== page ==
When looking at ways to improve businesses, managers have resorted to many methodologies over the years. People around long enough remember Total Quality, Just In Time, Manufacturing Resource Planning and their modern counterparts: Six Sigma, Lean and Enterprise Resource Planning. While we have heard of the companies that have benefited greatly from these efforts, itâ€™s more common to hear about firms implementing them with disappointing results. Why would these powerful techniques work for some but not others?
In addition, people debate whether Theory of Constraints (TOC) or Lean is the way to improve their business. The answer you get depends on whom you ask. Lean practitioners will tell you that Lean is the best system and will give a great list of successful implementations. TOC professionals will tell you that much of the effort expended on Lean is wasted because it never impacts the bottom line.
Velocity is a book by TOC professionals Dee Jacob and Suzan Bergland, along with the original co-author of The Goal, Jeff Cox. Velocity tackles the question of TOC versus Lean combined with Six Sigma in the form of a business novel. It describes Hi-T Composites Company, already using TOC being bought out by Winner Inc., a company using Lean/Six Sigma.
The authors describe how the Winner Lean/Six Sigma team began to implement their programs in Hi-T. They saw the extra capacity around the constraint and the extra workers in the constraint area as waste and began reducing this waste. When results were disappointing, the implementers said that results would come when the implementation was complete. After a year of floundering, the President of Hi-T found herself in jeopardy of losing her job. When she was given three months to turn the company around, she assembled a team that used current reality trees and the five focusing steps to reestablish protecting the constraints. Once they did this, they saw the benefits of the Lean/Six Sigma efforts â€“ the non-constraints now had more surge capacity and they were able to solve a chronic product quality problem that led to increased sales. The title of the book, Velocity, is what the new system was called. In physics, velocity is defined as speed with direction. The Lean/Six Sigma was the speed component while TOC determined the direction.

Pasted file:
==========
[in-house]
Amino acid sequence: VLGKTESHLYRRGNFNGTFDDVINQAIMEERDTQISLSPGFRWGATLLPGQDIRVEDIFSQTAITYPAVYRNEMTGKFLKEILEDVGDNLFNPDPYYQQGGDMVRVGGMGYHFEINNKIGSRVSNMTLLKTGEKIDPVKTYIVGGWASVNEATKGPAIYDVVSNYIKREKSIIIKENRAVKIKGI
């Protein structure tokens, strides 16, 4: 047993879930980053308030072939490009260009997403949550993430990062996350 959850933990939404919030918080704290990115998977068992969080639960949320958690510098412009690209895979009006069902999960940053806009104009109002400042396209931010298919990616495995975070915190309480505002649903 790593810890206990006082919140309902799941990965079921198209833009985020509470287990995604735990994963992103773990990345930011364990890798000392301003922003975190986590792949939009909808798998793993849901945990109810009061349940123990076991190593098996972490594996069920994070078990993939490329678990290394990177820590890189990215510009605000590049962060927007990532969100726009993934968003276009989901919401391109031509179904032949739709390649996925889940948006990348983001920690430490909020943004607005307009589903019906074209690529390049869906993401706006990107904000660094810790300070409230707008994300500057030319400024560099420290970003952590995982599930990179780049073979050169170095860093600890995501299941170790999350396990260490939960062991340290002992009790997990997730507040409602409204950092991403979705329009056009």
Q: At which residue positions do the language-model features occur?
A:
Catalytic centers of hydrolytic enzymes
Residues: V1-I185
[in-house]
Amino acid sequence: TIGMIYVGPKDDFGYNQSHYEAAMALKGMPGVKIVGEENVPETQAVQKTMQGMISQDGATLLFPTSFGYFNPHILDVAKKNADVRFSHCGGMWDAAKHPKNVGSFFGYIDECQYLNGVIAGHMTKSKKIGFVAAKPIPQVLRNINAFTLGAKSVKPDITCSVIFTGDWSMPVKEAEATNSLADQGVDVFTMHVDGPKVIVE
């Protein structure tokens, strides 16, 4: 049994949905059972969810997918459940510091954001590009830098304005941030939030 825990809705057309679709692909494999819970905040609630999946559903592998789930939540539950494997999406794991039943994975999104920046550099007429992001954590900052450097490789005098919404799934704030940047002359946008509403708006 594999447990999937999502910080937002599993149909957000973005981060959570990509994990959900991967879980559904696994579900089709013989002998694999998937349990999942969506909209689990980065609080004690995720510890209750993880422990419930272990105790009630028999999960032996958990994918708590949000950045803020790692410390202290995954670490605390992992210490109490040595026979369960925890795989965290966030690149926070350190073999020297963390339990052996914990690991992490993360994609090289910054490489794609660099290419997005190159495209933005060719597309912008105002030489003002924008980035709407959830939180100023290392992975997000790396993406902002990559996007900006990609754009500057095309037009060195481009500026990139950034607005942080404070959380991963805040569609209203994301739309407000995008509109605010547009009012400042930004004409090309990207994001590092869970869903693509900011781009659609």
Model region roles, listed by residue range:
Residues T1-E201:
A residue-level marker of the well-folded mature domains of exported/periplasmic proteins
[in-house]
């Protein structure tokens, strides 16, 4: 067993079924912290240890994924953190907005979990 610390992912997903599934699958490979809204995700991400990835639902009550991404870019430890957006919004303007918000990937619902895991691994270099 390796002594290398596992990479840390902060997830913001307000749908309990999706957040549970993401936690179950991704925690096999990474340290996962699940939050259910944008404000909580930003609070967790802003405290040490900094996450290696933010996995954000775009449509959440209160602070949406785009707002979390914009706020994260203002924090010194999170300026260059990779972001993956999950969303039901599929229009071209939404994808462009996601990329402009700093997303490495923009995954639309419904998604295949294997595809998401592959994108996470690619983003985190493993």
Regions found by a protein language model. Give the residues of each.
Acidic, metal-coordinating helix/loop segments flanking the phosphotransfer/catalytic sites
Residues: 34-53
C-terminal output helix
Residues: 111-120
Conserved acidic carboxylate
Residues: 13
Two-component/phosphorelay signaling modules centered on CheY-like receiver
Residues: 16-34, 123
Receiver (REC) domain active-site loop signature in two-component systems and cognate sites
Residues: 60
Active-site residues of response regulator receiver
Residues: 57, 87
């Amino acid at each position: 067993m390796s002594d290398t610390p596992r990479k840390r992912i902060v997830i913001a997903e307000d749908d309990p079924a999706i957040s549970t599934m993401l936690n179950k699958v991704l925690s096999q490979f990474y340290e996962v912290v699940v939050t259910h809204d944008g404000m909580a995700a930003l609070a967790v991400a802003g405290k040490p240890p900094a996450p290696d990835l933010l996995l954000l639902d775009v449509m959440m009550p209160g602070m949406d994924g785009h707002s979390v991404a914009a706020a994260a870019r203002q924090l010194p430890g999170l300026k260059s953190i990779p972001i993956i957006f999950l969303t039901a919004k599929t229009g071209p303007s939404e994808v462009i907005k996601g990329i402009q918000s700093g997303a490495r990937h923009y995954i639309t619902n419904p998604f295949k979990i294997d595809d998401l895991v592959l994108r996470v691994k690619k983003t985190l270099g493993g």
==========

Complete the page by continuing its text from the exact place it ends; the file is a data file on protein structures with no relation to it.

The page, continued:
Below is a table describing some of the key differences between the two methodologies.
|Goal||Achieve customer satisfaction||Make money, now and in the future|
|Focus||Find and eliminate waste and improve quality||Identify, protect, elevate the constraint|
|Motto||Lots of small improvements will add up||The way to rapid improvement is to improve your constraints|
So what is my answer to the question Lean or TOC? Why not both? TOC on its own is great at setting priorities for the firm but can fall down in the implementation stage. Lean/Six Sigma are great tools, but lack the focus to find the best projects. If you use TOC to determine the constraints and use Lean/Six Sigma to improve them, you can get the best of both worlds.